Digital mammography saves technologists' time, but increases physician time compared to film screen mammography, a new study shows.
Researchers at Northwestern Memorial Hospital in Chicago compared acquisition and interpretation time for 100 digital and 100 screen film mammograms.
Technologists spent an average 21.6 minutes acquiring screen film mammograms and 14.1 minutes for digital mammograms, a 35% time savings, said Eric A. Berns, PhD, research assistant professor in the department of radiology. Screen film mammograms require that the technologist leave the room, process the films and check to see if the films are okay before releasing the patient, which is a main reason for the increased acquisition time, he said.
On the other hand, digital mammograms resulted in a 57% increase in physician interpretation time -- 2.3 minutes compared to 1.4 minutes for screen film, Dr. Berns said. "Interpretation takes longer with digital images because the physician reads on a softcopy review workstation which requires manual image manipulation that isn't as efficient quite yet as reading a screen film study on a viewbox or alternator," he said.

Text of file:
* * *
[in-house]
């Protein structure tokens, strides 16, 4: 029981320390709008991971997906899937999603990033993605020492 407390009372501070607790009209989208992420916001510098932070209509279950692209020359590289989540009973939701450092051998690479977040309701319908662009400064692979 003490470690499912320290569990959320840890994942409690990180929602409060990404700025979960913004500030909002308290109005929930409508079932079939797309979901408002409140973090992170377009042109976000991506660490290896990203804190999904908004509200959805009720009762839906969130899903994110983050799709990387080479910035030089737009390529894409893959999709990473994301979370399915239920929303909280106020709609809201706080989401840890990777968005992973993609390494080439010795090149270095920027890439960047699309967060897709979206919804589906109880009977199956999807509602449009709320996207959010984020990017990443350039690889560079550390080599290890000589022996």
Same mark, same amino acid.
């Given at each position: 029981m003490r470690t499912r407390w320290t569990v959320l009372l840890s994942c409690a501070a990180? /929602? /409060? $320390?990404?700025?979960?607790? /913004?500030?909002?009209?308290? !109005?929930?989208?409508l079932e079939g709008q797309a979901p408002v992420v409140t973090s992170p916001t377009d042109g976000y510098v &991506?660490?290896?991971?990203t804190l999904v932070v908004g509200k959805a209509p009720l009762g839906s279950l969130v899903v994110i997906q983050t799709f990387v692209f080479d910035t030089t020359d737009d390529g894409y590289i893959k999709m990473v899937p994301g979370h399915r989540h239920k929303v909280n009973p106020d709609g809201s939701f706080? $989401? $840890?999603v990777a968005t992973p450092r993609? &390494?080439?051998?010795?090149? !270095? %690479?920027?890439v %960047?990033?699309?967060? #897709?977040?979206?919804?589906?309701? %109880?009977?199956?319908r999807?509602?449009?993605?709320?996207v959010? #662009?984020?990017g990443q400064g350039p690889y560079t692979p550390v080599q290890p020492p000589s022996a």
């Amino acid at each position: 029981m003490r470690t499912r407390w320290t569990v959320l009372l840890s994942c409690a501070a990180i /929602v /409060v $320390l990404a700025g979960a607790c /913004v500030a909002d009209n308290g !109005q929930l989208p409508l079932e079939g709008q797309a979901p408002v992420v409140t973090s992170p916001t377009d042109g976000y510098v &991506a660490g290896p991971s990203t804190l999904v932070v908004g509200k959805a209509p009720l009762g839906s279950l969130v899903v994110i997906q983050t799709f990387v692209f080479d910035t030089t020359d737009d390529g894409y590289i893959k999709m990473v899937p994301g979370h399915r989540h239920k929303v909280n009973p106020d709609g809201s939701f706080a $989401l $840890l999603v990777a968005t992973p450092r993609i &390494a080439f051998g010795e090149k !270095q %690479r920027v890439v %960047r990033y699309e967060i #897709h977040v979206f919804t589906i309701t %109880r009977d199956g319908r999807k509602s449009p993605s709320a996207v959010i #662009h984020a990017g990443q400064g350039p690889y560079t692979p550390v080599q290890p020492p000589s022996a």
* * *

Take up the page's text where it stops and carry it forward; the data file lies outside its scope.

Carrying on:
There's been a lot of discussion about increasing patient throughput to meet a facility's financial goals, said Dr. Berns, and digital mammography can do that. However, the increased patient throughput needs to be balanced with the cost and capabilities of the physician reading the images, he said. "In addition, it must be balanced with what's realistic for the technologists. More mammograms each day doesn't necessarily equate with better patient care," he said.
The study appears in the July issue of the American Journal of Roentgenology.
Last reviewed: By John M. Grohol, Psy.D. on 21 Feb 2009
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